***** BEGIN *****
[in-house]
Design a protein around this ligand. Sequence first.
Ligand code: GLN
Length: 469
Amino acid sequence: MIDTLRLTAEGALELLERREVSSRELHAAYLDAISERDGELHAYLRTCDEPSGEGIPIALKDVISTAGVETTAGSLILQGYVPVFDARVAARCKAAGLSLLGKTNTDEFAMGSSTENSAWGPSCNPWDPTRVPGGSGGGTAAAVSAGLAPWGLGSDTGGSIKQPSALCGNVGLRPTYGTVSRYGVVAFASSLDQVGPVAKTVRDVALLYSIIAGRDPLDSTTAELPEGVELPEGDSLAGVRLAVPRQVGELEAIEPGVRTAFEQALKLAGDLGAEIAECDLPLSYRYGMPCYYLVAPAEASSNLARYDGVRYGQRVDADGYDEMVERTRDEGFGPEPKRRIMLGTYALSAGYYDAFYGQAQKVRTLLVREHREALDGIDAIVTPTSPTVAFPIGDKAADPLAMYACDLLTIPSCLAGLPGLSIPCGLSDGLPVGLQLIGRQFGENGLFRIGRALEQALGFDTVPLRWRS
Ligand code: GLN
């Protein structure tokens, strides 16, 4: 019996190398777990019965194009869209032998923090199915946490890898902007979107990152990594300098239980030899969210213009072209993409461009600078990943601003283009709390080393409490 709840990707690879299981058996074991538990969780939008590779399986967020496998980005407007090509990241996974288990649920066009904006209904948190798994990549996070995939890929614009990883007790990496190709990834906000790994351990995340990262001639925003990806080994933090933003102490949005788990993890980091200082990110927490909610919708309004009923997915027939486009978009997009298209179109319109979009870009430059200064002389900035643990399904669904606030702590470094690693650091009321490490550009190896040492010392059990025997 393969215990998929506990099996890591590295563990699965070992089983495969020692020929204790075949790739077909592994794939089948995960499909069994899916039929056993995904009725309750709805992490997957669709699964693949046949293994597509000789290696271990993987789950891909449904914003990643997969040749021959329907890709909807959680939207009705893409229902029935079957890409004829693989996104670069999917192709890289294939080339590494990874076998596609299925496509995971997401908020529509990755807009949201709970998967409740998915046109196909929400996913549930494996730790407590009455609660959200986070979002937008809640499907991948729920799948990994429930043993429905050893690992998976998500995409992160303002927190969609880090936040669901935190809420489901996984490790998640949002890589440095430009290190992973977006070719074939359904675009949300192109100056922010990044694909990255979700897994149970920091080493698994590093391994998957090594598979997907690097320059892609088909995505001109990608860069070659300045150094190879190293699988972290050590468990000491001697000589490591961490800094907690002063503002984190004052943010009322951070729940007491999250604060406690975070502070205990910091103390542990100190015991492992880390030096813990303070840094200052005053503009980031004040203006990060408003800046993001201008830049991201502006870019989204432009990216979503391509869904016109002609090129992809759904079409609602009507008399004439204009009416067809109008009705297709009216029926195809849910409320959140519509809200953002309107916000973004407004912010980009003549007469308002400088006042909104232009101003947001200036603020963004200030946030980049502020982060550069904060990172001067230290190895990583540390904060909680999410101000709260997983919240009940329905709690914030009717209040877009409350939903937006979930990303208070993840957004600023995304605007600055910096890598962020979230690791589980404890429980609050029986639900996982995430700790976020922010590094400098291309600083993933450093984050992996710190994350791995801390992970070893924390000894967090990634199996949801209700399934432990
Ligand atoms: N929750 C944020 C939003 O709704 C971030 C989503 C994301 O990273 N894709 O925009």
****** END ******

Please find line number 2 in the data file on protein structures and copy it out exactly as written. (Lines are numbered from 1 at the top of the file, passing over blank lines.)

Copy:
Design a protein around this ligand. Sequence first.